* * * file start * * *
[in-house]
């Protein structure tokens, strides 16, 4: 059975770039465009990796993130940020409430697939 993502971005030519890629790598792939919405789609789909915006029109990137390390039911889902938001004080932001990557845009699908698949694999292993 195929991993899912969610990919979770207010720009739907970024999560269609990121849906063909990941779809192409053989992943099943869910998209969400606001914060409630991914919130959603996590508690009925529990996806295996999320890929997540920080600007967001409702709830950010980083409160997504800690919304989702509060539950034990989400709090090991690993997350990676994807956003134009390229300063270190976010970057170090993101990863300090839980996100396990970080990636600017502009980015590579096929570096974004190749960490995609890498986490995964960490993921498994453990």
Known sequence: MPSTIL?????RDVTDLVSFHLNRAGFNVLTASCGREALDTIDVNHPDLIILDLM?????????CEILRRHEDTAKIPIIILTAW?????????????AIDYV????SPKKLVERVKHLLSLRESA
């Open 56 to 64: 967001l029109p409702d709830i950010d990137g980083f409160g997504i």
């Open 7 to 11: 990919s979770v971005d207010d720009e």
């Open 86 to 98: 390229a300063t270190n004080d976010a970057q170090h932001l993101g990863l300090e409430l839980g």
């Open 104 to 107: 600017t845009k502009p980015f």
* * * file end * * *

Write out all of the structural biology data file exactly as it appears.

[in-house]
């Protein structure tokens, strides 16, 4: 059975770039465009990796993130940020409430697939 993502971005030519890629790598792939919405789609789909915006029109990137390390039911889902938001004080932001990557845009699908698949694999292993 195929991993899912969610990919979770207010720009739907970024999560269609990121849906063909990941779809192409053989992943099943869910998209969400606001914060409630991914919130959603996590508690009925529990996806295996999320890929997540920080600007967001409702709830950010980083409160997504800690919304989702509060539950034990989400709090090991690993997350990676994807956003134009390229300063270190976010970057170090993101990863300090839980996100396990970080990636600017502009980015590579096929570096974004190749960490995609890498986490995964960490993921498994453990």
Known sequence: MPSTIL?????RDVTDLVSFHLNRAGFNVLTASCGREALDTIDVNHPDLIILDLM?????????CEILRRHEDTAKIPIIILTAW?????????????AIDYV????SPKKLVERVKHLLSLRESA
């Open 56 to 64: 967001l029109p409702d709830i950010d990137g980083f409160g997504i």
């Open 7 to 11: 990919s979770v971005d207010d720009e």
């Open 86 to 98: 390229a300063t270190n004080d976010a970057q170090h932001l993101g990863l300090e409430l839980g």
């Open 104 to 107: 600017t845009k502009p980015f």